After months of enduring quarantine and maintaining social distancing practices, many have decided that the 2020s will forever be known as a decade defined by disease. However, although the coronavirus has reshaped our interactions and made fashion industries out of masks, there is another, less flashier pandemic that is at risk of continuing long after we get our vaccines. The infections of our technology and the slew of cyberattacks that caused them has always been a problem. Similar to the coronavirus though, if such issues continue to go unaddressed, they will manifest into an even more harmful infection in the future. And we don’t have to look far to see these consequences.
While the coronavirus made it difficult to give our loved ones a hug, our devices enabled us to keep in touch, providing us an opportunity for connection that previous generations of the apocalypse had lacked. Yet with such an entrenchment in the online world comes the growth and exploitation of vulnerabilities that – albeit ever present – had previously not been acknowledged in the public sphere. PurpleSec, a cybersecurity company that provides both offensive and defensive security services, published a 2021 CyberSecurity Trends Report and noted that “cybercrime [is] up 600%” in comparison to previous years. Such a rise was accredited to communities’ inexperience with phishing attacks, as hackers tricked users into clicking on malicious links and downloading viruses from emails posing as the Center for Disease Control (CDC) and the World Health Organization.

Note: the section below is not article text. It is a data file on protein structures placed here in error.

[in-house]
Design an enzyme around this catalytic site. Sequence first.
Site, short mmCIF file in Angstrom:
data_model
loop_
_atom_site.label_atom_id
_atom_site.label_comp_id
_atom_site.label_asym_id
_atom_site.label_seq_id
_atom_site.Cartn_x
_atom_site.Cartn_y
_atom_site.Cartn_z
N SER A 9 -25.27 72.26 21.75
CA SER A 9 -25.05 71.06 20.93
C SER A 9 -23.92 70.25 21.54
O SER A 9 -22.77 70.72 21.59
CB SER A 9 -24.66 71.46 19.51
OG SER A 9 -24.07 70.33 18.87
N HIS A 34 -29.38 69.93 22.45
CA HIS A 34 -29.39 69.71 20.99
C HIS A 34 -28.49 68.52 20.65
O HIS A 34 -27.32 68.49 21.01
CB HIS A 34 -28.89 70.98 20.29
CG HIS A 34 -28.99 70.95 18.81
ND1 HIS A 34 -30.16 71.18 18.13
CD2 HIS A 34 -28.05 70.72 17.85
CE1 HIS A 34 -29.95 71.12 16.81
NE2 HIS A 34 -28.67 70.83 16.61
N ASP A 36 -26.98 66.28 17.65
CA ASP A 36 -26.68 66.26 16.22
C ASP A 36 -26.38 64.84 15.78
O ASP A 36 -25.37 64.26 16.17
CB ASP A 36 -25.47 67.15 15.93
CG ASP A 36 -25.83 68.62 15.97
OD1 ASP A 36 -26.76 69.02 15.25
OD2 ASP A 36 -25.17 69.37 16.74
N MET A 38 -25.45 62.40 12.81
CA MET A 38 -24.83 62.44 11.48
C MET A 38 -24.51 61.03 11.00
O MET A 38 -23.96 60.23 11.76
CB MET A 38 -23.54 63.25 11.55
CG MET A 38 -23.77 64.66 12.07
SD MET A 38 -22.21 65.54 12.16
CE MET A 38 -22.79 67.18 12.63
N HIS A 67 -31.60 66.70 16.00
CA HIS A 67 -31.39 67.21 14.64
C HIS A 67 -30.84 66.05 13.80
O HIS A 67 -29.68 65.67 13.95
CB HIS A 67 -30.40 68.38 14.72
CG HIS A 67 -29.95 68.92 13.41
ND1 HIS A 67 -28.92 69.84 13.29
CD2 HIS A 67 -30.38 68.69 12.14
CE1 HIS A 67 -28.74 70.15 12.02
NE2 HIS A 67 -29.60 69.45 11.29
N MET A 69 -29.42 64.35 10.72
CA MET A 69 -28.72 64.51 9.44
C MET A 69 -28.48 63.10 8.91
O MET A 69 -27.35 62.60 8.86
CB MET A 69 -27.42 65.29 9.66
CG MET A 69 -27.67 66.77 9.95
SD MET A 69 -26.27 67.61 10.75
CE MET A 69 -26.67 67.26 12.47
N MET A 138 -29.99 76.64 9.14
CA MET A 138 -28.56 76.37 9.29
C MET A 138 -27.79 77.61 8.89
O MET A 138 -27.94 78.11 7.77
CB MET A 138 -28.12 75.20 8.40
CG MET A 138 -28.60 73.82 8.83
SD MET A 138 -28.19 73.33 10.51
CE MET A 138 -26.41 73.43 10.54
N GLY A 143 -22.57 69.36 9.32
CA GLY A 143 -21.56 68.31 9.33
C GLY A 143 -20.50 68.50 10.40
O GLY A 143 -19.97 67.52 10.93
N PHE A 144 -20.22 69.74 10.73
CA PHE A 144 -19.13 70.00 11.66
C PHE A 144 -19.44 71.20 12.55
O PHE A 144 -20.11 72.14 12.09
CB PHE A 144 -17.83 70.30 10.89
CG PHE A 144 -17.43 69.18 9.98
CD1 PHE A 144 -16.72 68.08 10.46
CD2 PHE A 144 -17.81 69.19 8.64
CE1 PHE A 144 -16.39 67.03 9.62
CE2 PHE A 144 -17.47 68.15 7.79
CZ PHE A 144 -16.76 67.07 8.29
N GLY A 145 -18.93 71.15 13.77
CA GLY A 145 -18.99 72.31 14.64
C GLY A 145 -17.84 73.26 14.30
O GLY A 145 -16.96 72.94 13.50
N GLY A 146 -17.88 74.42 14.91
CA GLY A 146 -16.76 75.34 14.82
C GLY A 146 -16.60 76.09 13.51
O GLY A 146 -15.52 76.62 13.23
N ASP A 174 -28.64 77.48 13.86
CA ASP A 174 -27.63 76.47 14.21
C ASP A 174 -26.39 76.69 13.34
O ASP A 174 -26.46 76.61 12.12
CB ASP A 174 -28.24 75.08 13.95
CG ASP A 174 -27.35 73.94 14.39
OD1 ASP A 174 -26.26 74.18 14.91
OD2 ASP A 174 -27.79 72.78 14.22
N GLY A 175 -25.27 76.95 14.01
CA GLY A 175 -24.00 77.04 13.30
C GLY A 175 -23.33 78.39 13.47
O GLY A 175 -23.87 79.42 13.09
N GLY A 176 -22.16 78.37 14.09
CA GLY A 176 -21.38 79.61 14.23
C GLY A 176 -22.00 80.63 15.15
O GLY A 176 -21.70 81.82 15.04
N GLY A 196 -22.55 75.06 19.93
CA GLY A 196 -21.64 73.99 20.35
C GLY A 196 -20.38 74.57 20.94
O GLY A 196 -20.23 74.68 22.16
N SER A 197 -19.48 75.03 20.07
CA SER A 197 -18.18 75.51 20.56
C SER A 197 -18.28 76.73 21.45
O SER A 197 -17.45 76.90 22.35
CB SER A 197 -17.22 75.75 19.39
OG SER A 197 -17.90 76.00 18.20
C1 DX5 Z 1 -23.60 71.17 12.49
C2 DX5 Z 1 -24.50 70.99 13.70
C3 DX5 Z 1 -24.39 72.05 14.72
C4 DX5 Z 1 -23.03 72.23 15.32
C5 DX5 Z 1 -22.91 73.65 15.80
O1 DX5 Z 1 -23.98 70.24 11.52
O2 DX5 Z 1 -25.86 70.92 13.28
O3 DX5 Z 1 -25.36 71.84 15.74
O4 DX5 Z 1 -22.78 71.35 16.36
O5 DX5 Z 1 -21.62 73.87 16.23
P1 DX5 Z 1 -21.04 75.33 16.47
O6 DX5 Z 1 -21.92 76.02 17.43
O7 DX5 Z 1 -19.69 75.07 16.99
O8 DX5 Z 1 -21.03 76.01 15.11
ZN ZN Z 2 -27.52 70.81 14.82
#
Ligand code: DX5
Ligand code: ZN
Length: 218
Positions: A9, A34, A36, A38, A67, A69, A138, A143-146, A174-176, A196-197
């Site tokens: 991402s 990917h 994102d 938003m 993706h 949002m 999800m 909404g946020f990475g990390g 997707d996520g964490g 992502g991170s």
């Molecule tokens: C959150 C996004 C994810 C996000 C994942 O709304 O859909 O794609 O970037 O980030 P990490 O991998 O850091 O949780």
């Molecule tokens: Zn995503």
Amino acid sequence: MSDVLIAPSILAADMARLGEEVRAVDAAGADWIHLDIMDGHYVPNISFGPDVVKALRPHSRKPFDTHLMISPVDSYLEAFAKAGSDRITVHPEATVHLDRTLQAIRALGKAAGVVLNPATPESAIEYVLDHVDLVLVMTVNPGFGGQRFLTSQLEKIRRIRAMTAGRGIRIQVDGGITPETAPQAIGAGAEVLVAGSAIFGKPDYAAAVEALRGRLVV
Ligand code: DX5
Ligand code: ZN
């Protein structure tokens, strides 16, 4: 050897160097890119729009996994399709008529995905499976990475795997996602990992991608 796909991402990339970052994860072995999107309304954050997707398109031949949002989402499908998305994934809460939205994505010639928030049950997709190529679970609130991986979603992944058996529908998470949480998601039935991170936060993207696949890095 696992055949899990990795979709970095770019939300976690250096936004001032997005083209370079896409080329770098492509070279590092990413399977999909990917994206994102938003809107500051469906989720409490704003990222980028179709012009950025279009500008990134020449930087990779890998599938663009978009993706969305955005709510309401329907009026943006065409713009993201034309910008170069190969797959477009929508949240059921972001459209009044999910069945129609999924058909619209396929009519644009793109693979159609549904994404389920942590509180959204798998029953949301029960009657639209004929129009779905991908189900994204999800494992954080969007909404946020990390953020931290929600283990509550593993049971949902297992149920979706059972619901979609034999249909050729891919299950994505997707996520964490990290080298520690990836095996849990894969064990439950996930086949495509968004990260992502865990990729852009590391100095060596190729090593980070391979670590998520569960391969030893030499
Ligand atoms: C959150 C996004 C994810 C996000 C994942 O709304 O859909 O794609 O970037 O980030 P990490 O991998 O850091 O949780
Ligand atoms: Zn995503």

But it’s not just our computer’s data that is at risk from such attacks. According to the US Department of Health and Human Services (DHHS), in almost every month of 2020, more than 1 million people were affected by data breaches at healthcare organizations. This was a 9,851% increase from 2019 leading to data breaches in more than 630 total healthcare organizations. These violations prevented healthcare providers from efficiently and effectively giving the care needed to save the lives of millions during the first pandemic of this millenium. Therefore, just as we pushed and supported pharmaceutical companies and research labs to find a cure for the coronavirus, the same efforts and innovations must be taken to find a panacea for our CyberSecurity problems. Fortunately, there is a promising new vaccine for our tech problems: blockchain.
The National Institute of Standards and Technology (NIST) defines blockchain as a “tamper evident and tamper resistant digital ledger” technology (or DLT) that allows copies of data to be shared across various systems without having a central authority/repository. Such use of DLTs allows blockchain to “reduce many risks associated with centrally stored data” as consolidated medical databases are usually the prime targets for attacks, as explained by associate consultant Yogesh Shelke from Infosys. Moreover, even if an attacker was to get a hold of the medical data stored within these DLTs, it is computationally arduous for them to be able to alter or hold such information for ransom.